New Refinery to "Fix" Key Flaws in Biodiesel Production
October 11, 2007
Denis Du Bois
Seymour, Indiana. It's the birthplace of American rock singer-songwriter, John [Cougar] Mellancamp. But the city's biggest claim to fame may one day be in the form of a biodiesel refinery based on technology that converts low-grade fats and vegetable oils into biodiesel.
"We're turning the glycerin into a product stream by blending it back into our fuel. We get lower particulate emissions and improve our cold-weather characteristics, as well." -- Rob Tripp, CEO, Benefuel
At least that's the hope of Chicago-based Benefuel, Inc. a new-generation biodiesel refining and distribution company, and its customer Seymour Biofuels. The companies annouced yesterday they plan to construct a 10 million gallon biodiesel plant that uses Benefuel's proprietary, solid acid catalyst. Benefuel supplies the refinery; Seymour will build and operate the plant.
Solid catalysts aren't new, but Benefuel claims to be the first to use them in biodiesel production.
"A solid catalyst looks like a very small piece of spaghetti," explains Rob Tripp, CEO of Benefuel. "As you push methanol and oil through a fixed bed reactor that's packed with millions of these tiny pieces of spaghetti, the surface area causes the reaction."
Benefuel says the plant will be the world's first industrial-scale facility to use the catalyst. The company previously built a small pilot plant in India, where they have tested several feedstocks including soy, palm and jatropha.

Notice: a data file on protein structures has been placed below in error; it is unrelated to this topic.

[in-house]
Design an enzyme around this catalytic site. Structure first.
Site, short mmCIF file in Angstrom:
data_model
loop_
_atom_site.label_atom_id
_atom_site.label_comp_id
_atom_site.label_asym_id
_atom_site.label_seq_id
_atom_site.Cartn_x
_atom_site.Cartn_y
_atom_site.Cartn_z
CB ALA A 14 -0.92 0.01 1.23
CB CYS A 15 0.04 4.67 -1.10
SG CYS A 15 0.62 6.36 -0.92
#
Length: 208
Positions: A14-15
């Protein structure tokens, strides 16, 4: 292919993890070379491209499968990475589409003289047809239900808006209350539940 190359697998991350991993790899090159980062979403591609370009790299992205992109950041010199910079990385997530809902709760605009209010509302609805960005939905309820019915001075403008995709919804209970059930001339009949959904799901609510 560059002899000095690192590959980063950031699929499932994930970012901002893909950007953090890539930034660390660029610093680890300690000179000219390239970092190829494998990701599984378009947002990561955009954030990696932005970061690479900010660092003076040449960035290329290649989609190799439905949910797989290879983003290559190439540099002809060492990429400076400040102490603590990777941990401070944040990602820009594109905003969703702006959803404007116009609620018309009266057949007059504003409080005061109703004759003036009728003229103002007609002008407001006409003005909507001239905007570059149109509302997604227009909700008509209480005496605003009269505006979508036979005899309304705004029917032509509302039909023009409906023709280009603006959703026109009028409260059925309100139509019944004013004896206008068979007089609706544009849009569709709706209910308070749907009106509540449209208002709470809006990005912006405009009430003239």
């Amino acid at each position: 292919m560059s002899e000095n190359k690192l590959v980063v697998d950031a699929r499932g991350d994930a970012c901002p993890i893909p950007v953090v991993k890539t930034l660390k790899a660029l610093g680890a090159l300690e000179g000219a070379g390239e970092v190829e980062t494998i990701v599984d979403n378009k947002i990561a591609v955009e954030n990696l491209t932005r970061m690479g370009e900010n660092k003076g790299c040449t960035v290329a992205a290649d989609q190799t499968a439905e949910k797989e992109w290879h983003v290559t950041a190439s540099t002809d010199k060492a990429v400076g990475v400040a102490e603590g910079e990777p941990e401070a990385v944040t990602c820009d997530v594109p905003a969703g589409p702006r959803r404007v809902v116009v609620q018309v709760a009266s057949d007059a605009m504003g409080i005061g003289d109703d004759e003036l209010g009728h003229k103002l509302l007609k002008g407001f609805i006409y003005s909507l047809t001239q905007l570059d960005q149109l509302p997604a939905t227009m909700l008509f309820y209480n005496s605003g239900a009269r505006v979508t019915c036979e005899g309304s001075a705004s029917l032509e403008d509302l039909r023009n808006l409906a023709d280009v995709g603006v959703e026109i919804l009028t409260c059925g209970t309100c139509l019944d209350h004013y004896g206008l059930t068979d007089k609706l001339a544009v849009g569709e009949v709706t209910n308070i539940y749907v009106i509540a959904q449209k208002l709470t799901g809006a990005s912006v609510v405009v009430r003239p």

In addition to the common feedstocks, the catalyst can turn waste grease, vegetable oil, or animal fat directly into biodiesel. Are sufficient quantities available to make 10 million gallons of fuel per year?
"Absolutely," says Tripp. "The rendering industry is quite big, and the waste grease industry is probably bigger than the soybean industry."
Tripp says the largest consumers of biodiesel are trucking and rail companies. Benefuel is partnering with rendering companies by placing refineries on site. Benefuel then markets the fuel directly to large transportation companies in the area.
"Much of the energy input associated with any fuel is the cost of transporting it," Tripp explains, "and we believe we can dramatically shrink that down with localized production and distribution."
The solid catalyst produces a market-ready glycerin byproduct. The glycerin can become a revenue stream if it is sold for commercial uses, or it can be added to the biofuel to enhance it.
"We're turning the glycerin into a product stream by blending it back into our fuel," Tripp says. "We get lower particulate emissions and improve our cold-weather characteristics, as well."
Benefuel expects the combined production savings to be significant. Savings of $0.15 to $0.40 cents per gallon are expected from being able to choose the lowest-cost option from among several locally-available feedstocks. Another $0.30 to $0.50 cents per gallon can be saved by reusing the glycerin byproduct, Tripp says.
The new refinery in Seymour, Indiana, is expected to start producing biofuel in late 2008.
Dennis Du Bois is editor and founder of Energy Priorities magazine. This article was republished with permission from Energy Priorities.